4. Why was Jumman happy over Algu’s nomination as head Panch? 

Ans : Jumman likely wasn’t happy about Algu being head Panch. He might have hoped Algu’s friendship would influence the case in his favor, but Algu’s reputation for fairness suggests the judgment would be based on evidence, not personal ties.

5. “God lives in the heart of the Panch”, the aunt said. What did she mean? 

Ans :  In “Fair Play,” when the aunt says “God lives in the heart of the Panch,” she’s expressing her faith in the Panchayat system and the head Panch’s ability to deliver a just verdict. 

6. What was Algu’s verdict as head Panch? How did Jumman take it? 

Ans : 

  • The Verdict: Algu ruled that Jumman had to fulfill his responsibility towards his aunt. This likely involved providing for her basic needs, possibly through a monthly allowance.
  • Jumman’s Reaction: The text suggests Jumman was initially angry and upset with Algu’s decision. He might have felt betrayed by his best friend who didn’t favor him despite their close bond.

7. Algu found himself in a tight spot. What was his problem? (9)

Ans : Algu’s problem is a clash between friendship and duty. As head Panch, he must deliver a fair verdict, but fairness might mean going against his best friend Jumman.

8. Why was Algu upset over Jumman’s nomination as head Panch? (12, 13)

Ans : The story suggests Jumman likely wasn’t happy about Algu being head Panch, not the other way around. Jumman might have hoped Algu’s friendship would influence the case in his favor, but Algu’s role demands a fair judgment based on evidence, not personal ties.

9. What was Jumman’s verdict as head Panch? How did Algu take it? (14, 15)

Ans : 

Jumman’s verdict as head Panch:

The story doesn’t explicitly mention Jumman judging a case involving Algu. The focus is on Jumman’s aunt’s case where he, as head Panch, likely ruled in favor of his aunt, requiring him to provide for her.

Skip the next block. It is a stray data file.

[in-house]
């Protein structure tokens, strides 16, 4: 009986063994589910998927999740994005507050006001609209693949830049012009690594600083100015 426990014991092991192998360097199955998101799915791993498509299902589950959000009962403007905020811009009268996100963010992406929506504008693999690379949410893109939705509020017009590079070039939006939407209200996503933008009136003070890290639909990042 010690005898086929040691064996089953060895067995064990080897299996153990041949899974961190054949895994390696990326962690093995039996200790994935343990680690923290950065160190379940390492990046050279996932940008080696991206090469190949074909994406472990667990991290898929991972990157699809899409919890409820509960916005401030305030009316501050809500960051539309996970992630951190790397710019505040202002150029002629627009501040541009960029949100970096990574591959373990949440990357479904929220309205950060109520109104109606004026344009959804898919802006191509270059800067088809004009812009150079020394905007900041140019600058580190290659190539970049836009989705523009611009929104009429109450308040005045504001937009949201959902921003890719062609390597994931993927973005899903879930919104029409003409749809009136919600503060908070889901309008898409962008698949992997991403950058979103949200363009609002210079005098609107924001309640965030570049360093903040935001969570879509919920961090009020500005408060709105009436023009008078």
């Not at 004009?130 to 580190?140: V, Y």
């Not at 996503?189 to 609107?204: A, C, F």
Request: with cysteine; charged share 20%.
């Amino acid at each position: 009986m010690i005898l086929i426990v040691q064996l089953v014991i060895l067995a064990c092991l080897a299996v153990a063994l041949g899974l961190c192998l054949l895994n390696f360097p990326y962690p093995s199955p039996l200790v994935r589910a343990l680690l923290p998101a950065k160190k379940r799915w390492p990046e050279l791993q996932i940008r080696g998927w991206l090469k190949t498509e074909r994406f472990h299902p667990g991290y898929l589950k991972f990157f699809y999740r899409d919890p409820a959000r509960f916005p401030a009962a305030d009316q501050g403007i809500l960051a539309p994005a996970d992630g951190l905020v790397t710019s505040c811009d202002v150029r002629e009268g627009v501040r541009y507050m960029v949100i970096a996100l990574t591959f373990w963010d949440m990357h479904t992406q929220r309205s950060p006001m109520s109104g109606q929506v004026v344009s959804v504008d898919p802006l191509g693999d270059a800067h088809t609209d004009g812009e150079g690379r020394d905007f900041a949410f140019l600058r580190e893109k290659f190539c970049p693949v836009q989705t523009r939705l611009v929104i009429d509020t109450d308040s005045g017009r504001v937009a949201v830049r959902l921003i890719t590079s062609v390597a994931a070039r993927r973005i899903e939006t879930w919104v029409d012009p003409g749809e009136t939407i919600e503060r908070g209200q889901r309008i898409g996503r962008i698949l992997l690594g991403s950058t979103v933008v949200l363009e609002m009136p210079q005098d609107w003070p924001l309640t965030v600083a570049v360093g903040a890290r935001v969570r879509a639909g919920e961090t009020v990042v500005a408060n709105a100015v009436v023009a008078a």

Algu’s reaction:

Since Algu wasn’t involved in a case judged by Jumman, the question about Algu’s reaction doesn’t apply here.

10. Which of the following sums up the story best?

(i)“I also know that you will not kill your conscience for the sake of friend­ship.”

(ii)“Let no one deviate from the path of justice and truth for friendship or en- , mity.”

(iii)‘The voice of the Panch is the voice of God.”

Give a reason for your choice.

Ans : Out of the options, “(ii) “Let no one deviate from the path of justice and truth for friendship or enmity.”” best reflects the story. This quote directly highlights the struggle between friendship and prioritizing justice, a central conflict in “Fair Play.

Working with Language   

A. Replace the italicised portion of each sentence below with a suitable phrase from the box. Make necessary changes, wherever required.

look after,  swallow, make it up, keep mum, go into, ease one’s conscience ,                                               as ill luck would have it, a tight spot, take chances, my heart sank

1. The best way to avoid an unnecessary argument is to remain silent
2. Unfortunately, the train I was trying to catch was cancelled.
3. He has been told not to take risks while driving a car through a crowded street.
4. The patient needs to be properly taken care of.
5. Why don’t the two of you end your quarrel by shaking hands?
6. I was in a difficult situation till my friends came to my rescue.
7. When I saw a pile of dirty dishes, I felt very disappointed.
8. I will examine the matter carefully before commenting on it.
9. They criticised him in the meeting but he accepted without protest all the criti­cism.
10. It will free me from worry to know that I had done nothing wrong.

Ans : 

  1. The best way to avoid an unnecessary argument is to keep mum.
  2. Unfortunately, the train I was trying to catch was cancelled
  3. He has been told not to take chances while driving a car through a crowded street.